It is "incredibly probable" that the UK will reach a final deal with the EU, the Brexit secretary says.
David Davis defended planning for a stalemate, saying it was like having home insurance when "you don't expect your house to burn down".
He also hit back at Tory Eurosceptic concerns about what has been agreed so far.
Last week prominent backbencher Jacob Rees-Mogg accused the government of giving away "almost everything".
But speaking on BBC One's Andrew Marr Show, Mr Davis said the UK had succeeded in getting a transition deal for the period after March 2019 and moving talks onto trade, adding: "So I don't think Jacob's got a point."
He insisted a solution could be found to avoid introducing physical border checks on the border between Northern Ireland and the Republic of Ireland, saying a "whole lot of technology" was available to achieve this.
And challenged on the EU's controversial "backstop" proposal of Northern Ireland effectively remaining in the customs union, he said the "overwhelmingly likely option" was a free trade and customs agreement which would make finding a solution to the border question "much, much easier".
Mr Davis said the progress made in talks with Brussels meant it was now "incredibly probable, very, very highly probable" that there would be a final deal.
But he said "you can never stop making arrangements" for a potential no-deal scenario, "because that's one of the things that guarantees the deal".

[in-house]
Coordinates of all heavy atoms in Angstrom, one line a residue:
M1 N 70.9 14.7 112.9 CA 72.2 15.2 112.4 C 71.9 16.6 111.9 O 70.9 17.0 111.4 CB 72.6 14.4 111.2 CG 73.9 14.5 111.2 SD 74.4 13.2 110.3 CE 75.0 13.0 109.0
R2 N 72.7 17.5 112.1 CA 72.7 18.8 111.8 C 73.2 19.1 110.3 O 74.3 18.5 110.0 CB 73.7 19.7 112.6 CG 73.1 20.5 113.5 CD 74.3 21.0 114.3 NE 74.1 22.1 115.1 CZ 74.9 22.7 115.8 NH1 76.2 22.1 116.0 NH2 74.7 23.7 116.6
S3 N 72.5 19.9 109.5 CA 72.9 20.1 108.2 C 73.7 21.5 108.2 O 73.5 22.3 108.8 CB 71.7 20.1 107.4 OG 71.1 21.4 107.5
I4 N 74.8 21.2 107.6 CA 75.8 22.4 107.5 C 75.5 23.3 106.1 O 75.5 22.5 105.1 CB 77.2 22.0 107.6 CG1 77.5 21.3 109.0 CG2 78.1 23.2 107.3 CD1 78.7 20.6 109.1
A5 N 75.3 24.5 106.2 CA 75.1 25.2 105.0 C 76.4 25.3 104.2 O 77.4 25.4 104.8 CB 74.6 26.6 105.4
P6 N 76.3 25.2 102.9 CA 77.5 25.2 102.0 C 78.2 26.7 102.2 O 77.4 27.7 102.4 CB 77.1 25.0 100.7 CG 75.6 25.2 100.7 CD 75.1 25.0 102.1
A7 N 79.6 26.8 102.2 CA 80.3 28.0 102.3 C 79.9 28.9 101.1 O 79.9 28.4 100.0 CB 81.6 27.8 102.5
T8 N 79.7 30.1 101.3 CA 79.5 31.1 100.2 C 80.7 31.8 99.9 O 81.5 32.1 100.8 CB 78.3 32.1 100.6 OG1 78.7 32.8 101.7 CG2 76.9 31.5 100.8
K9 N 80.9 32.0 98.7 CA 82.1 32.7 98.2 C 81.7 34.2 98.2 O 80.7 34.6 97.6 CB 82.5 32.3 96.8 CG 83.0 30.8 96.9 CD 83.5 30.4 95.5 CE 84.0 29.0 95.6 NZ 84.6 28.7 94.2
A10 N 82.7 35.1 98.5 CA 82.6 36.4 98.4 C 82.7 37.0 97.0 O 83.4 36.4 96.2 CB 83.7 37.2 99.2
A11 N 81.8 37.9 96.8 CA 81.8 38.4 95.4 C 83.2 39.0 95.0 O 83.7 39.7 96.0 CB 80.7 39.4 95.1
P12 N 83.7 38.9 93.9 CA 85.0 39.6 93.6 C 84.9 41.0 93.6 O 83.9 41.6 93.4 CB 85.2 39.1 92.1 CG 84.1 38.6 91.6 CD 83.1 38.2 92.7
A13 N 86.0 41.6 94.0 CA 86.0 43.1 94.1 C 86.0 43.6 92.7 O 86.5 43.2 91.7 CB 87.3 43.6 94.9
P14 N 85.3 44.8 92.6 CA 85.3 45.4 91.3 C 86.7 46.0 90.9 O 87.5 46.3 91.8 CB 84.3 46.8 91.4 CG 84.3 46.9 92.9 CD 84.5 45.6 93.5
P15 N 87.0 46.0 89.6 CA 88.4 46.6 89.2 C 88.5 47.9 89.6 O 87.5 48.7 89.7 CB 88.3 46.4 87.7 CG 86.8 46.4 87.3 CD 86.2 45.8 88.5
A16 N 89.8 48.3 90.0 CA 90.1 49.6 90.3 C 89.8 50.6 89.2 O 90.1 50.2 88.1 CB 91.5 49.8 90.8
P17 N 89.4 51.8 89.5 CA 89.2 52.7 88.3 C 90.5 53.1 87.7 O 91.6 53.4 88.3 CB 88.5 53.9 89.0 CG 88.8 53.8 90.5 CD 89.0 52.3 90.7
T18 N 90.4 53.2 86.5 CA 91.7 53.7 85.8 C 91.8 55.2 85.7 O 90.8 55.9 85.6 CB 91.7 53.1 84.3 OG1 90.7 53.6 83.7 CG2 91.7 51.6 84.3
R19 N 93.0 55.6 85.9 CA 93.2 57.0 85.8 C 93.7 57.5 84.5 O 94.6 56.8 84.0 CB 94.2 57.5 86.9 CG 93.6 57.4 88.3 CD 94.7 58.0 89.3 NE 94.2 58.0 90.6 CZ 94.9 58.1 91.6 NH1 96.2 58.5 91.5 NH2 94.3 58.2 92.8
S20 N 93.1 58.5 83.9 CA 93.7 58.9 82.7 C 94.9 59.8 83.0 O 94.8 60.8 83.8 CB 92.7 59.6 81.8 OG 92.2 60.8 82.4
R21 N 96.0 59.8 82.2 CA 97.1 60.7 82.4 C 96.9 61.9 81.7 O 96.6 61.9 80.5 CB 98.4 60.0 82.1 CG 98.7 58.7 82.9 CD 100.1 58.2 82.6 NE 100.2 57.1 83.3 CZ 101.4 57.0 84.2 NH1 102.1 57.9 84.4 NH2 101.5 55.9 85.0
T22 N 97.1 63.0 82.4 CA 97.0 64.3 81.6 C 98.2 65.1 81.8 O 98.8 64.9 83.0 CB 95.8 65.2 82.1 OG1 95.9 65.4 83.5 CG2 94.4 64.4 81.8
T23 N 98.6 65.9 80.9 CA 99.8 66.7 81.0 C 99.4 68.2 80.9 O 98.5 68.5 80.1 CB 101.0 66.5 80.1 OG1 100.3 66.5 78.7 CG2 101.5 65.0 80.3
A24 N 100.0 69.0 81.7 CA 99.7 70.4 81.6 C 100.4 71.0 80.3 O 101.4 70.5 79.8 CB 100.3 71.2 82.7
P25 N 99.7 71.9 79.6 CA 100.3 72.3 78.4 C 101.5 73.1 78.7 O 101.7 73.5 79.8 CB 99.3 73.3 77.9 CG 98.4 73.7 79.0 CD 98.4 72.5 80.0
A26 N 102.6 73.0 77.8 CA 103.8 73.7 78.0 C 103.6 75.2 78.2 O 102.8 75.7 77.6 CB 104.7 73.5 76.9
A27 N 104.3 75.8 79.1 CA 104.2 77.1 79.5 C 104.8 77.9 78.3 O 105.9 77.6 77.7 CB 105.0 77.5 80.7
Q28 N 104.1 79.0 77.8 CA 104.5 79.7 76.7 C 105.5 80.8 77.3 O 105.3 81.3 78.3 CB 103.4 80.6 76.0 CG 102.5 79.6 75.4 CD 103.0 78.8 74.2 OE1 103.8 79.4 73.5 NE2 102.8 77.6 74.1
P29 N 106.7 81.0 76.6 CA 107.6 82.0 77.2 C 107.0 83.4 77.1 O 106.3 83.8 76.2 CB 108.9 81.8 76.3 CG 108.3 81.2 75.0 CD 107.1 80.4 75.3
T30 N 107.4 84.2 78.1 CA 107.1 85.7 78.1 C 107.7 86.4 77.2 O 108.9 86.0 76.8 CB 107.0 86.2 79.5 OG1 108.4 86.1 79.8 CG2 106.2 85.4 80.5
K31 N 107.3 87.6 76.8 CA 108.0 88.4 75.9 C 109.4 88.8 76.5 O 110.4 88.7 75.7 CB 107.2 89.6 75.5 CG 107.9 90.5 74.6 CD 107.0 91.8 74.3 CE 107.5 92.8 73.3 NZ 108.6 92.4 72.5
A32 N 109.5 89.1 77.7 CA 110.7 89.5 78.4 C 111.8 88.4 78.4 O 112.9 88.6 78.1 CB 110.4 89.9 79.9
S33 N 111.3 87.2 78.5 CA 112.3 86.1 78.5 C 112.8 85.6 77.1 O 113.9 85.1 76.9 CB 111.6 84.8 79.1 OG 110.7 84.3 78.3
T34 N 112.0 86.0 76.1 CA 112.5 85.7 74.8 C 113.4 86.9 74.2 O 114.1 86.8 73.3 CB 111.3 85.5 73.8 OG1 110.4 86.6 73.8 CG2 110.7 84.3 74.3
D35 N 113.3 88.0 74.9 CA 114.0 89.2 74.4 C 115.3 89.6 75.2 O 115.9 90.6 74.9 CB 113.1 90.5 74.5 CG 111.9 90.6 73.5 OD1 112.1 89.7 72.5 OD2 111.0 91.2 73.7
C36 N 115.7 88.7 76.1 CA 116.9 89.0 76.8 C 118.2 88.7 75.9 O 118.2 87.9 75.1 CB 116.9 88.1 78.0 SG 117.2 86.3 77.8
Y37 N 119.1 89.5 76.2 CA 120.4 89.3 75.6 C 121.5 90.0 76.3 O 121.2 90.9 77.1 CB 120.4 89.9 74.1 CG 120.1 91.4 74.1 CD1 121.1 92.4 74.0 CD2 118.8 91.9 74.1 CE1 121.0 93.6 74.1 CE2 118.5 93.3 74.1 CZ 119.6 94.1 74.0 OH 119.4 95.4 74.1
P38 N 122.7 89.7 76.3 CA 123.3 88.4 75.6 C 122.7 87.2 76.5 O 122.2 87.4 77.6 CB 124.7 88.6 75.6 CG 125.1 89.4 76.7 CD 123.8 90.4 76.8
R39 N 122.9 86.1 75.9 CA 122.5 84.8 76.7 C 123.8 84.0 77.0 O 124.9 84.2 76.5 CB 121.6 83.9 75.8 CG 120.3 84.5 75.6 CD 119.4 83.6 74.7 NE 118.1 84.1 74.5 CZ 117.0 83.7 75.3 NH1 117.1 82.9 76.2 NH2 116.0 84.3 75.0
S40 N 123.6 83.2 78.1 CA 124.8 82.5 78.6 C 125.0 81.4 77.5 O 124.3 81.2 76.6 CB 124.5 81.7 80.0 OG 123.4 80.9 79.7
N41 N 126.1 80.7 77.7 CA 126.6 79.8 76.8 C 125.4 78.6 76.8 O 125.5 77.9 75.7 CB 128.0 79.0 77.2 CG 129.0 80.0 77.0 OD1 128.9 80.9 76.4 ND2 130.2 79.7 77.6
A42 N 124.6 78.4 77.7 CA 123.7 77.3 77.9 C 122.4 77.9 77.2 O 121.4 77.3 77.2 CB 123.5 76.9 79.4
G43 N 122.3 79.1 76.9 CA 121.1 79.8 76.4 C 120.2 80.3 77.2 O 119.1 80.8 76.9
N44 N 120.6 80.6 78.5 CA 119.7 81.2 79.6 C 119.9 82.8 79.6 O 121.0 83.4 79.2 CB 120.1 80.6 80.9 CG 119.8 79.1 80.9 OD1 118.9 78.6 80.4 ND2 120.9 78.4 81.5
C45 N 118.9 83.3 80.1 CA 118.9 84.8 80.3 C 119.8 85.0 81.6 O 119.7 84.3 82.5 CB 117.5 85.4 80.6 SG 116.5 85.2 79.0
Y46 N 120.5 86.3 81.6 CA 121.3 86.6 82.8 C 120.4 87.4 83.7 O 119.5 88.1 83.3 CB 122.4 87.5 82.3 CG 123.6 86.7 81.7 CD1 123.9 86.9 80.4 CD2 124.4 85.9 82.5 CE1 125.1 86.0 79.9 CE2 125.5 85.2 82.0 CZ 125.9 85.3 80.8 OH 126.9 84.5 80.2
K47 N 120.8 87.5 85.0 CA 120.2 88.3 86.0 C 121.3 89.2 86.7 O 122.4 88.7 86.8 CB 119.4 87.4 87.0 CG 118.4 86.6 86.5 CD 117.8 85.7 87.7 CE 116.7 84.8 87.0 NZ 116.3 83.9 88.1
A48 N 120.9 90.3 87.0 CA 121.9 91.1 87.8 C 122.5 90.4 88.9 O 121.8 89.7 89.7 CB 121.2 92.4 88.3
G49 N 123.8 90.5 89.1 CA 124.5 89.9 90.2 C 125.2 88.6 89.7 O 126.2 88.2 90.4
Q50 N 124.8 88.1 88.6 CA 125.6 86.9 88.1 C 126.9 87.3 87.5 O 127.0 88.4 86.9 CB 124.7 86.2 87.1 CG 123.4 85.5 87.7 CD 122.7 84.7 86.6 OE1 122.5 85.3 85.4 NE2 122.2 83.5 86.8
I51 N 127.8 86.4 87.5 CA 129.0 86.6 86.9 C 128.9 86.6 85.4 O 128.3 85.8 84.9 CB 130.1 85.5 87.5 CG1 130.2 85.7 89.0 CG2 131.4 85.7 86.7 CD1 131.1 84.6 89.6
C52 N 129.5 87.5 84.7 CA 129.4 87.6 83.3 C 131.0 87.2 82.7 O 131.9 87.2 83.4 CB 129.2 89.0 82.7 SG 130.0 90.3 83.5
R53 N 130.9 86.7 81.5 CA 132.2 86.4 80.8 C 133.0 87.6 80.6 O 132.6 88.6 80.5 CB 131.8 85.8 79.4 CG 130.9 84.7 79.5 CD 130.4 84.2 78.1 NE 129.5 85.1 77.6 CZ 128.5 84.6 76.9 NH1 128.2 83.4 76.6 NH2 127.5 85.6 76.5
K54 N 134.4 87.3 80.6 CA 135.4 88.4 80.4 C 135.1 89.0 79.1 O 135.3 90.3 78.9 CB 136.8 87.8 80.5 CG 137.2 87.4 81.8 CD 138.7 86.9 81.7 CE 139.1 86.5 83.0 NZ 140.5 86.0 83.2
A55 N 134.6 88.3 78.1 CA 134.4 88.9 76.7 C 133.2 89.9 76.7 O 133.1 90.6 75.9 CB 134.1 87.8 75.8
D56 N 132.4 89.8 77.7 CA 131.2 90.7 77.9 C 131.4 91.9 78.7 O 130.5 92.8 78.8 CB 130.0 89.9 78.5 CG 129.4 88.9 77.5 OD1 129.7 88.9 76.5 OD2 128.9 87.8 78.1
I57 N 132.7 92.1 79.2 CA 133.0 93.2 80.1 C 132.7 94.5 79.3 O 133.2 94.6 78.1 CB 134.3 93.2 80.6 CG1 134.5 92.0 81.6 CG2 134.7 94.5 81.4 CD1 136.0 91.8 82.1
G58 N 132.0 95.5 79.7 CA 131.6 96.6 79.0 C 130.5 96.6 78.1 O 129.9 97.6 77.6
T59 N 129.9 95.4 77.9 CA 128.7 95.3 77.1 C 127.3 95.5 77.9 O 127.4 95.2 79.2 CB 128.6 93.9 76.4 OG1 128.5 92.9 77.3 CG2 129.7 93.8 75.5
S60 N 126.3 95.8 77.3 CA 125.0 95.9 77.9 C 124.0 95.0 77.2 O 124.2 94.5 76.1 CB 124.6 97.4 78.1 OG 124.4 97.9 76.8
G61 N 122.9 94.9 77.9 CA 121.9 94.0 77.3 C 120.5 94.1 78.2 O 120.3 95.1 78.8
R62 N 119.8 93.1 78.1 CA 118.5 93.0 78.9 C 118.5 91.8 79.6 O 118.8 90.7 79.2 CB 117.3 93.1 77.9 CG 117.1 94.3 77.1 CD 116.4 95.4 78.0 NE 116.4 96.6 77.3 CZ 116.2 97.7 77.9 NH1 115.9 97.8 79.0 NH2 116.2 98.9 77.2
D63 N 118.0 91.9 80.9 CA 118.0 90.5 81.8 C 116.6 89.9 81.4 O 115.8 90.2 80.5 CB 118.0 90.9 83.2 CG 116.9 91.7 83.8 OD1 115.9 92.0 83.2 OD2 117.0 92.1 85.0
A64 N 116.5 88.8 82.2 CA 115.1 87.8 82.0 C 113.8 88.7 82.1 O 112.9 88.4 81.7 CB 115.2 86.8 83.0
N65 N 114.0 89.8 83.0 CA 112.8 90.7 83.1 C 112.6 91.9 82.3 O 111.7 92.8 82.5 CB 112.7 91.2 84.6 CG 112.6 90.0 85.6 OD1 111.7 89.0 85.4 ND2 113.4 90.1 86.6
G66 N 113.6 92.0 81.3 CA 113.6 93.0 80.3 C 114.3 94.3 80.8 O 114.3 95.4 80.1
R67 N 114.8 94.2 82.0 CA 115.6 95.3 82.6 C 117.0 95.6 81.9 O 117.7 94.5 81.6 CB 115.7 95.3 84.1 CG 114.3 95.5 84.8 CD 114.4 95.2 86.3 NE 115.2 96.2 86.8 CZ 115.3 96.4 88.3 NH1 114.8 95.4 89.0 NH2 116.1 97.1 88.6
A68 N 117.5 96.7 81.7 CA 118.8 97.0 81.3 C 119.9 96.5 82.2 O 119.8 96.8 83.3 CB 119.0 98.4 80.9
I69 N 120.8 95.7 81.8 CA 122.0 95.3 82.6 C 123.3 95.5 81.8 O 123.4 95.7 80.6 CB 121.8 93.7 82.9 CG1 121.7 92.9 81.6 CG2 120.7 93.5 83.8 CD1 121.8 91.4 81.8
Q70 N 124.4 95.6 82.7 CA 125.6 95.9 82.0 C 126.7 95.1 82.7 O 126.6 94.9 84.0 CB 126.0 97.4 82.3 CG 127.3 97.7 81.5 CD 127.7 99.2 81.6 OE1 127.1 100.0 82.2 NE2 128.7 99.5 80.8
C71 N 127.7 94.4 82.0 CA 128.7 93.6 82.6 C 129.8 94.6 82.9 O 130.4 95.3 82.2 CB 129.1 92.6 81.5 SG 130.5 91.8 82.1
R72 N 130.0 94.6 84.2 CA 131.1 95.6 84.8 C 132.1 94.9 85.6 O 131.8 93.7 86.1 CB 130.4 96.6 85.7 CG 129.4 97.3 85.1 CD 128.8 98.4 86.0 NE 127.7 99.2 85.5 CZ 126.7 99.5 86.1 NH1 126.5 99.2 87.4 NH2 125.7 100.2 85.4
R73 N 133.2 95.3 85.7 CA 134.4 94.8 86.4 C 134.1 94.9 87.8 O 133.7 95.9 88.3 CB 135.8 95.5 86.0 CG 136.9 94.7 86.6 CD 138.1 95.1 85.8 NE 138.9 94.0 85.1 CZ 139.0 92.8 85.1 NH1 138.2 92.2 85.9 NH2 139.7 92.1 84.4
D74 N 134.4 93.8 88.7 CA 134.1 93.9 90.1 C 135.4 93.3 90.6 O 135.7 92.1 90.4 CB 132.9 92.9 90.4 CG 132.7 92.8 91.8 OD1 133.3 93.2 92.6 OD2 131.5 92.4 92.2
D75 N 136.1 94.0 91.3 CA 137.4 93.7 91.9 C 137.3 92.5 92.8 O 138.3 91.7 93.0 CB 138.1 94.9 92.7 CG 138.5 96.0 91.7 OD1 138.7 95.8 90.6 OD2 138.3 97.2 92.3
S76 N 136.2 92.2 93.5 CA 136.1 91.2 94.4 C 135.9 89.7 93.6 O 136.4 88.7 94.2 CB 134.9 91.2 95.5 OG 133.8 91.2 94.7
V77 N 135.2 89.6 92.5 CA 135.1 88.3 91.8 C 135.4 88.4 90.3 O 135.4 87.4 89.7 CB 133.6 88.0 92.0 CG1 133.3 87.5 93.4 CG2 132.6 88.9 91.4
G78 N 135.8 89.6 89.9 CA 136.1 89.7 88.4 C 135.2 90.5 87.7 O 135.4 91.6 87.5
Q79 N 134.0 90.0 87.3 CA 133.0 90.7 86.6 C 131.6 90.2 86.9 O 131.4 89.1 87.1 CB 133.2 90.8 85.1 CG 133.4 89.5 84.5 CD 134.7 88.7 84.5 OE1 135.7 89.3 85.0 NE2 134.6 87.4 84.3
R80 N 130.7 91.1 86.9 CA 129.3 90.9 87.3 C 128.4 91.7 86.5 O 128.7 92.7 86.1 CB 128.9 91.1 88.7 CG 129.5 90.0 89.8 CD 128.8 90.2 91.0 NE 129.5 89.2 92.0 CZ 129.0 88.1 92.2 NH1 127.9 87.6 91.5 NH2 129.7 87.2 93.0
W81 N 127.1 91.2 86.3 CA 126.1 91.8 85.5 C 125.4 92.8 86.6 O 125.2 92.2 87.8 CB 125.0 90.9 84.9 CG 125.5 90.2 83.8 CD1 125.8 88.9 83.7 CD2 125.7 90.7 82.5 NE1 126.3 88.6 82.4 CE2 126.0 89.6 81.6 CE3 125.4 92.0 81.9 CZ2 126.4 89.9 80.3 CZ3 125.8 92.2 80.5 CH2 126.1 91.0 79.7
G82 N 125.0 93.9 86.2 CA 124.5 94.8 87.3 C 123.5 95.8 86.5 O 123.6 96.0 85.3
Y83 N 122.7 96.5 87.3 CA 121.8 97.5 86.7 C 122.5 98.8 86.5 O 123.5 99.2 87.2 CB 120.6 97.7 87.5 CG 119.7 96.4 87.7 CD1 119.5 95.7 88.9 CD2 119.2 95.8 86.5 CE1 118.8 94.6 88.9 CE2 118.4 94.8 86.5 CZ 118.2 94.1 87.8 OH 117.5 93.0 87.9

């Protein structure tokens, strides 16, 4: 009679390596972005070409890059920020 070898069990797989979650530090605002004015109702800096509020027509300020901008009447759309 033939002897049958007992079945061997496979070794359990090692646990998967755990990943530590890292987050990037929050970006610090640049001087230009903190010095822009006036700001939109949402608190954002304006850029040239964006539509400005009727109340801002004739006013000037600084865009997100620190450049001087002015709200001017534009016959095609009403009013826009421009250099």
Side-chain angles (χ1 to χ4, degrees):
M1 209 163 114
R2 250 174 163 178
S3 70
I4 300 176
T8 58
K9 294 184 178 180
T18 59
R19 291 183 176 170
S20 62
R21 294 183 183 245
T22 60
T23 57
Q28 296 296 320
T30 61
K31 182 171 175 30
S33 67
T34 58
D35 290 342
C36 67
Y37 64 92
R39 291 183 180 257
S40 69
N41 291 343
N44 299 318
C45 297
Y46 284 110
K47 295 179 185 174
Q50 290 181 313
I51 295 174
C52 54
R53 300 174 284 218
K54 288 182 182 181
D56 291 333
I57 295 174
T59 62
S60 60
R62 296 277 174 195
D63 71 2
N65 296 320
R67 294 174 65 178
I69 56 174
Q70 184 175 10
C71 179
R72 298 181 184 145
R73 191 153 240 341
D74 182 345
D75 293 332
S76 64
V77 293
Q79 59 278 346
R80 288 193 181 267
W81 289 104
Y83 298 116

"You don't expect your house to burn down, it's less than a one in 100,000 chance, but you have house insurance anyway," he said.
'Under our control'
Mr Davis predicted the deal would be nothing like the current arrangements between the EU and Norway. Theresa May has already ruled out this model, which gives Norway access to the single market while accepting EU laws and free movement and making annual financial commitments to Brussels.
"This will not really look like any other deal as it stands at the moment," Mr Davis said, predicting "the most comprehensive trade deal ever".
He also sought to reassure worries about fishing rights, saying that after the end of the transition period in 2021: "We will negotiate with our surrounding states so that we have access to their waters and theirs to ours, and markets and so on, but it will be under our control."
Mr Rees-Mogg, meanwhile, is urging the UK to be prepared to walk out on talks and warning that rowing back on Brexit would be "the most almighty smash to the national psyche" akin to the Suez crisis, when Britain and France attempted to regain control of the Suez Canal from Egypt in 1956.
"It would be an admission of abject failure, a view of our politicians, of our leaders, of our establishment that we were not fit, that we were too craven, that we were too weak to be able to govern ourselves and that therefore we had to go crawling back to the mighty bastion of power that is Brussels," he will say in a speech on Tuesday.
"As with the disaster of Suez it would end up being a national humiliation based on lies."